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See a sample issue of The Irish Garden!








June 2013

To see a sample of the current issue of Ireland's best-selling gardening magazine, click the image below.


Accessing from an iPad? This edition is designed for PC and Mac access using Flash, which is not supported by the iPad. To access the iPad edition, search 'The Irish Garden' in the Apple app store.

West Cork Garden Trail



The West Cork Garden Trail brochure for 2013 arrived through the letterbox a while ago and I have been busy finding excuses to head south since. Taking a tour of a group of neighbouring gardens is always worth doing. If you can find the time, over a short mid-week trip or a weekend, there are few more rewarding, enjoyable outings.



Finding out how different styles of gardening work in a particular setting and climate are much more informative than heading to see one garden at one end of the country and then another at the opposite end. Getting the chance to study similar plant palettes is also informative as well as a useful way to pick up tips to try or adapt, in your own garden. In the south west, with its milder, wetter climate, it is fascinating to see how they use plants that they can grow more successfully than those of us in the midlands and further north.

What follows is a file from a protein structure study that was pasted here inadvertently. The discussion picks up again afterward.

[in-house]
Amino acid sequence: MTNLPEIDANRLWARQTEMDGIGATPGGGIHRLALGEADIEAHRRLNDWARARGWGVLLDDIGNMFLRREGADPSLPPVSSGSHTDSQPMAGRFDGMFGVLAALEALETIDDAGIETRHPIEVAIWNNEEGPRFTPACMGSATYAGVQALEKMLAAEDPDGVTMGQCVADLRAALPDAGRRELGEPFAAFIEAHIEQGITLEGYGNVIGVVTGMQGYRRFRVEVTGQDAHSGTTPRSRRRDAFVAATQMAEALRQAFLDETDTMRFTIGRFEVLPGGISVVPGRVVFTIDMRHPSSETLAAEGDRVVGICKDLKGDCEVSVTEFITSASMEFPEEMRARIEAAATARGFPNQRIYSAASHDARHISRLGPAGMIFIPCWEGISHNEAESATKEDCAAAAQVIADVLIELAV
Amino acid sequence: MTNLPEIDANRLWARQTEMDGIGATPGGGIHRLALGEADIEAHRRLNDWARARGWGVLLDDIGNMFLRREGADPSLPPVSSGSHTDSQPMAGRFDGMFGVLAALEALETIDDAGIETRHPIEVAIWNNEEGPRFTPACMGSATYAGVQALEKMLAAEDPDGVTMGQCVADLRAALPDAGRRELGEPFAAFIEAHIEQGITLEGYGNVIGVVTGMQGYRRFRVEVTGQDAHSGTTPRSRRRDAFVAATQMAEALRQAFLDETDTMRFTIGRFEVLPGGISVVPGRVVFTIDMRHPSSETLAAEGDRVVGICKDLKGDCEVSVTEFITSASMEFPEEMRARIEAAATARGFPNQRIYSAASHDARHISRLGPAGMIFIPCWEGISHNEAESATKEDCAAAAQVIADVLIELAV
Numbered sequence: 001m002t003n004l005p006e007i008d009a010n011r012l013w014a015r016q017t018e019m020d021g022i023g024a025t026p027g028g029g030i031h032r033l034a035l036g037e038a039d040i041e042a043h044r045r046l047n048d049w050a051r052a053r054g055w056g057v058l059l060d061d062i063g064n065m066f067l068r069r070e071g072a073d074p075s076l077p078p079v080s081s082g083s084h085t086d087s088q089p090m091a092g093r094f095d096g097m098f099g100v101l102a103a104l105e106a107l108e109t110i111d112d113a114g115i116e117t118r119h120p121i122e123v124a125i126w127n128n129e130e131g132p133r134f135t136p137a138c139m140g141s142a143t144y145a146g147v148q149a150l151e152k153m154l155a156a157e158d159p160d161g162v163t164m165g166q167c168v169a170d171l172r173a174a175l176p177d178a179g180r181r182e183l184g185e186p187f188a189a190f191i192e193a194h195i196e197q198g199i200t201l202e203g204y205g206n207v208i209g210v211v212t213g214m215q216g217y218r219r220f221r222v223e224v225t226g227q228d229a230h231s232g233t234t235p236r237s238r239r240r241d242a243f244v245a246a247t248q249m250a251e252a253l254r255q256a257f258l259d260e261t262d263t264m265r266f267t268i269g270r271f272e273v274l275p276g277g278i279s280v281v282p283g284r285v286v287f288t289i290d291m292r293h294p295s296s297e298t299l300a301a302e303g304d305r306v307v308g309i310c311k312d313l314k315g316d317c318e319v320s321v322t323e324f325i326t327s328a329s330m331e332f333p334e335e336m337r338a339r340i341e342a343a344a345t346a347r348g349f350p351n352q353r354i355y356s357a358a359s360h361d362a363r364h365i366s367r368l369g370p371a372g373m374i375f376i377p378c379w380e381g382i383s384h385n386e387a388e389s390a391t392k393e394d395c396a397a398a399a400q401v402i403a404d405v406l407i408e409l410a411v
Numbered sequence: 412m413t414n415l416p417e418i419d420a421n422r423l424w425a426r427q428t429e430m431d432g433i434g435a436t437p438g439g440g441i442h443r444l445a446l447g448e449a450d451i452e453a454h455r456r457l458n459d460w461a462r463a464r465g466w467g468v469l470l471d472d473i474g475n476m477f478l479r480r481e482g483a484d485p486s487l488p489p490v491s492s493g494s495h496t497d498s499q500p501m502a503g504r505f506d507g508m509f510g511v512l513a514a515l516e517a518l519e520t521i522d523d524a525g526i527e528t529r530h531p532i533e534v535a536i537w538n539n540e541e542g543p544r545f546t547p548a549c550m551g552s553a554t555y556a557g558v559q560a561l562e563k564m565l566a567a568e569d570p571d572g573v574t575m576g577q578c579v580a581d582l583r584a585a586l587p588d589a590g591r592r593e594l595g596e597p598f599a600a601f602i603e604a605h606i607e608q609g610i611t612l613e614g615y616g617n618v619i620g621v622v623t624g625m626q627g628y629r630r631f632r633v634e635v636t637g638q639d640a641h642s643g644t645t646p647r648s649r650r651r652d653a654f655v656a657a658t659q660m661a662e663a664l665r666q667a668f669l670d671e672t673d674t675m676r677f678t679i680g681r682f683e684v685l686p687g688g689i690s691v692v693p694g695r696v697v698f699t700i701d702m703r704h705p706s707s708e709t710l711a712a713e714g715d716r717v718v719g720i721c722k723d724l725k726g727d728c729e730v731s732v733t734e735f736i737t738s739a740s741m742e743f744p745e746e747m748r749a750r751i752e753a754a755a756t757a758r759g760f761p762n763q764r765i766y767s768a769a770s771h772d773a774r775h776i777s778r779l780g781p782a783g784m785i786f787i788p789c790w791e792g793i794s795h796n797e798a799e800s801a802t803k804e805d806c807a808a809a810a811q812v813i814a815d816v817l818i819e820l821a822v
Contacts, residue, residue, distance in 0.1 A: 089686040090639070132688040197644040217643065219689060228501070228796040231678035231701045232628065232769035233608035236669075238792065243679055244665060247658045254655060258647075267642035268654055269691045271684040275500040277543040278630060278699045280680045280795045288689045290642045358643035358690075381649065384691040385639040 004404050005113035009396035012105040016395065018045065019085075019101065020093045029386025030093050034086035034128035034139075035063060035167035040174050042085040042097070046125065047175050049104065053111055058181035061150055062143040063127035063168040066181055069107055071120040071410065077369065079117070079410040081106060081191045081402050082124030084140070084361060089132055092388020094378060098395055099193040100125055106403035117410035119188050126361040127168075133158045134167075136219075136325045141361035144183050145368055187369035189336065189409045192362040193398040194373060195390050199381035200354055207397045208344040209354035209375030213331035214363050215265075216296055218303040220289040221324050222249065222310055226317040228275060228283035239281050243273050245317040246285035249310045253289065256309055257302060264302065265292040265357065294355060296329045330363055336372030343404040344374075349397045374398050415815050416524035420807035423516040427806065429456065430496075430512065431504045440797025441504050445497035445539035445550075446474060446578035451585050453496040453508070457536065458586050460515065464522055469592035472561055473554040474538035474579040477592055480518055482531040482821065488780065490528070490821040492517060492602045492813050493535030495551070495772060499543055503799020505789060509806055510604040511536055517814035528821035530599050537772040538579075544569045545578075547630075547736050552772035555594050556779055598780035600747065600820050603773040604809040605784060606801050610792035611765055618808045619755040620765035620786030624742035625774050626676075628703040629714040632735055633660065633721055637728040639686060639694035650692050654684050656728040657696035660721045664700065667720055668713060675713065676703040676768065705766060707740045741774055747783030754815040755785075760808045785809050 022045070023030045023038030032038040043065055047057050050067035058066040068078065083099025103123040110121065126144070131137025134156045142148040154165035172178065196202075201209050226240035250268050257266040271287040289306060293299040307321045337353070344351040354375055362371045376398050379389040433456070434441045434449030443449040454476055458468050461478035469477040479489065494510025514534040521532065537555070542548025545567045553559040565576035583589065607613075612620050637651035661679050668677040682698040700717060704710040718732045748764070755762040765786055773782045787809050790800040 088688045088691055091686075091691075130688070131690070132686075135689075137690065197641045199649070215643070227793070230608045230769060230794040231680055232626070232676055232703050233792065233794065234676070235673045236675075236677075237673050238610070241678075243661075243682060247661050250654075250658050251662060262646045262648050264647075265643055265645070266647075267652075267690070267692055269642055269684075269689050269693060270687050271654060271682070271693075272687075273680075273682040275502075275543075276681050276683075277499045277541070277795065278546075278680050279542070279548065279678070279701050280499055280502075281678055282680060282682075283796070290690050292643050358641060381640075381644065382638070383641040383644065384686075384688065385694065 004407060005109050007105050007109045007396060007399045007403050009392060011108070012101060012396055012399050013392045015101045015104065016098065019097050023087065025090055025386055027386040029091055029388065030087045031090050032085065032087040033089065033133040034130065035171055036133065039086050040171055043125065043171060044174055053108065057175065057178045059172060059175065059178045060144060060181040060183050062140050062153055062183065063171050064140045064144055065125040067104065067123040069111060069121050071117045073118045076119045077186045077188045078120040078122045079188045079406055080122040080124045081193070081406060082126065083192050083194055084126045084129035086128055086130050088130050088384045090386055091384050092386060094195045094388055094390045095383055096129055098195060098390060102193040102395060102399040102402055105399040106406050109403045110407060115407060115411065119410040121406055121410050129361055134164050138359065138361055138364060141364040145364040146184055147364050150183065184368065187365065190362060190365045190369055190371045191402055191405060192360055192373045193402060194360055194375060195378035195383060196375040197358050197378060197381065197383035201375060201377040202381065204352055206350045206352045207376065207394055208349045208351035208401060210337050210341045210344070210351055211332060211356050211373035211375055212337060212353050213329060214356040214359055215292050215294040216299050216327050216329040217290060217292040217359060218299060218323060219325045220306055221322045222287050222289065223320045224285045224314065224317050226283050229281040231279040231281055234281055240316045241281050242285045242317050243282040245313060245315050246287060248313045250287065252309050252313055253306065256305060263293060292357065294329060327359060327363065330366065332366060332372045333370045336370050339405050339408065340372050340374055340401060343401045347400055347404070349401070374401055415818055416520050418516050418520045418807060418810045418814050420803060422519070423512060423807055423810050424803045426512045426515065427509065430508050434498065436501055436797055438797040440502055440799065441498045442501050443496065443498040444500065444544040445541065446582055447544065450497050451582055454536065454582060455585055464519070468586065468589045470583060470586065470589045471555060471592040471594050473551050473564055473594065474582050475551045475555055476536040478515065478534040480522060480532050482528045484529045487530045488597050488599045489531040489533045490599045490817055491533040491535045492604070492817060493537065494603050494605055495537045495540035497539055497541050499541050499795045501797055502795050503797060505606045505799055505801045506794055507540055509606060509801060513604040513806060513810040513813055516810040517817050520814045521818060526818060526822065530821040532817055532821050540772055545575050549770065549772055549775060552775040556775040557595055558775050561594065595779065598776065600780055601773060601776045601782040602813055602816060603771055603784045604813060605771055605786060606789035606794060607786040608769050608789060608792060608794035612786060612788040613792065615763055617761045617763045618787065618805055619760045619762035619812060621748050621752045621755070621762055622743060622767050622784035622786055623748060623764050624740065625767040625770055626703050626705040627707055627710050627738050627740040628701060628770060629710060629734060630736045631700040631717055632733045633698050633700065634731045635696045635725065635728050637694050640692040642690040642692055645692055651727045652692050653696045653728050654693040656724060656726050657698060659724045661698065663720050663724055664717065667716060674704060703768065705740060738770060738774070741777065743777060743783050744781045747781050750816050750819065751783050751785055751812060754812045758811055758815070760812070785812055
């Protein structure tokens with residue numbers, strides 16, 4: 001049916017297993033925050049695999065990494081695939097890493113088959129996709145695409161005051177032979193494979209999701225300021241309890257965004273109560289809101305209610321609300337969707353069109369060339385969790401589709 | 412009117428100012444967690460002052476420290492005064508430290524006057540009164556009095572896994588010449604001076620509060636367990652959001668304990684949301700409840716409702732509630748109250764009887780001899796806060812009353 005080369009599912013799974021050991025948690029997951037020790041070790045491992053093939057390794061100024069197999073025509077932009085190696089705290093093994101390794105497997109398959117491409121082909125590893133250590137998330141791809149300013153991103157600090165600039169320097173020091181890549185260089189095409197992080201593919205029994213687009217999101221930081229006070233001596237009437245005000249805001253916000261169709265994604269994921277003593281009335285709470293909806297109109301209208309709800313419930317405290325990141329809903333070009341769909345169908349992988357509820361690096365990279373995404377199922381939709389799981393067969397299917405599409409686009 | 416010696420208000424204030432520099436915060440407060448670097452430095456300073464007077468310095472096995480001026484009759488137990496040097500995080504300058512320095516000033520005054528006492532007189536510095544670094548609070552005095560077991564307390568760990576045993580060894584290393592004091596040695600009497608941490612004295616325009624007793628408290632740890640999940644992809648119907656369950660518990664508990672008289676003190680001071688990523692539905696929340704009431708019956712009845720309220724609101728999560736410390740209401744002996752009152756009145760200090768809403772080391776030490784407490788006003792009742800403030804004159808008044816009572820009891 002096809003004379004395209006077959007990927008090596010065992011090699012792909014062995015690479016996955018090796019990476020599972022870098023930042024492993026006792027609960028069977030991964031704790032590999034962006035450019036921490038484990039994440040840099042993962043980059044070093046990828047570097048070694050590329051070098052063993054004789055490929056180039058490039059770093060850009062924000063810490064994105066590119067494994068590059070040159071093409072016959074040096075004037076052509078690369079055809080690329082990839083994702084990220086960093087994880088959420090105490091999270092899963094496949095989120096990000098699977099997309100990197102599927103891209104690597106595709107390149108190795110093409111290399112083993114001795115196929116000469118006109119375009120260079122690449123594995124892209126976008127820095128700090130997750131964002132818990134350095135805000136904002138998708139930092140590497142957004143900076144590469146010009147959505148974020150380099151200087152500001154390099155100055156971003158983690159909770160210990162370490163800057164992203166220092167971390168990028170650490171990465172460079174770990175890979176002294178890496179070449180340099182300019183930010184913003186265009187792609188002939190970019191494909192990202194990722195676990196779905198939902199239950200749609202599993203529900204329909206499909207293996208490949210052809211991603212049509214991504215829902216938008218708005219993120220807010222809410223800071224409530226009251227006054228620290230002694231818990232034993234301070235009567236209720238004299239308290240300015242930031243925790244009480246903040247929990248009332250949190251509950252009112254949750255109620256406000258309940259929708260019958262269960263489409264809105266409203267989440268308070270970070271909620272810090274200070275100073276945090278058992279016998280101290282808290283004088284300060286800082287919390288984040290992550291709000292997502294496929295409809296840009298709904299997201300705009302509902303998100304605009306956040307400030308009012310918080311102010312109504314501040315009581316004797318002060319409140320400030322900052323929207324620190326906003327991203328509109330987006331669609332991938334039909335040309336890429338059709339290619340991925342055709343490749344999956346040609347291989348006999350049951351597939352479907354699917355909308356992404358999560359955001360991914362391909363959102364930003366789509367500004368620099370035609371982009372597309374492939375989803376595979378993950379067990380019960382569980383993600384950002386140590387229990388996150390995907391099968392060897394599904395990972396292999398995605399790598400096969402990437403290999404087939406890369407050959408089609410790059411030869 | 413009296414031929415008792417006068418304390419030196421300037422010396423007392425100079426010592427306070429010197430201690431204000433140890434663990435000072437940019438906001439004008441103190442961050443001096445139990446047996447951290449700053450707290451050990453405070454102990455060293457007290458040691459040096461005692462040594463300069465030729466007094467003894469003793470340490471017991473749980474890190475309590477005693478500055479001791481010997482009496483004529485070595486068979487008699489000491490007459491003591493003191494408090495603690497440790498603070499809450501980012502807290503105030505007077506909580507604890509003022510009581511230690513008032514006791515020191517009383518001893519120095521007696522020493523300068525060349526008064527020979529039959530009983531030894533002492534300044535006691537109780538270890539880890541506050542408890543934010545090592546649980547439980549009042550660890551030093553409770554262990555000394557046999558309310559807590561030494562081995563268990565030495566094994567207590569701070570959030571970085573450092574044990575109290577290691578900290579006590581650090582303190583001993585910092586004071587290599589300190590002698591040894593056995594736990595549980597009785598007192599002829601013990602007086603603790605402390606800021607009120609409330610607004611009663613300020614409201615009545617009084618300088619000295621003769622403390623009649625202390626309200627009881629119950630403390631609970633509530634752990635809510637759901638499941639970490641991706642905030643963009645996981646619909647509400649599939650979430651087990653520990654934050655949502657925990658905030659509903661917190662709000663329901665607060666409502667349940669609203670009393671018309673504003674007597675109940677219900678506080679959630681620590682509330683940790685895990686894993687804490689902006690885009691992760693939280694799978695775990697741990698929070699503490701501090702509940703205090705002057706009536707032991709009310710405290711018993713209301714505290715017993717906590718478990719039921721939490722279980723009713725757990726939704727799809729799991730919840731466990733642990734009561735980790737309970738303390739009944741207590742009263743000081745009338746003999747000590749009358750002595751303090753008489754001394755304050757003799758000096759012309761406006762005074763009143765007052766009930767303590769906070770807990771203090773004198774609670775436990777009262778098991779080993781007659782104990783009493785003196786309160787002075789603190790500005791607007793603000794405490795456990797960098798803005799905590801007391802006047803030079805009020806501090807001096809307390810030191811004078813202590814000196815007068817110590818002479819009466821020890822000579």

Leafing through the 2013 West Cork Garden Trail brochure many of the open gardens are like familiar old friends. The drive over the little causeway to the island garden of Inis Beg in Baltimore must be one of the most unusual and enticing welcomes to any garden on the island. And the woodland and walled gardens waiting beyond that entrance live up to its promise. Down in Durrus, behind their general store, the Wiseman's work a garden with an equally unique feature - the natural rock formations in the little river at the bottom of their village garden.


The river walk at Lisselan, like something from the jungle, is a magical place and always  worth revisiting, as are the wondrous 100 Steps that overlook Bantry House gardens and the Bay. Woodland and wild flowers feature in Raven's Oak garden near Bantry. Down in Castletownbere, the Mill Cove Sculpture Garden delivers an object lesson on placing art in a garden. These are just some of the places that have previously thrown open their gates to the public.



But looking through the list of gardens, there are also some interesting new place as yet unseen. There is the wildlife pond, heritage Irish apple orchard and whole food cafe that Heron Gallery Gardens, also in Durrus, promises. Bluebell House and Gardens in Ballydehob, named for the seas of bluebells it hosts in late spring sounds lovely. This is a new garden with Japanese and water features as well as an orchard, I look forward to seeing it. There are fifteen gardens on the 2013 trail. I already love the dozen I know and look forward to seeing those yet to be seen. Some of the gardens hold charity days with teas and plants for sale. Details on www.Garden.ie.



 


 


 


 

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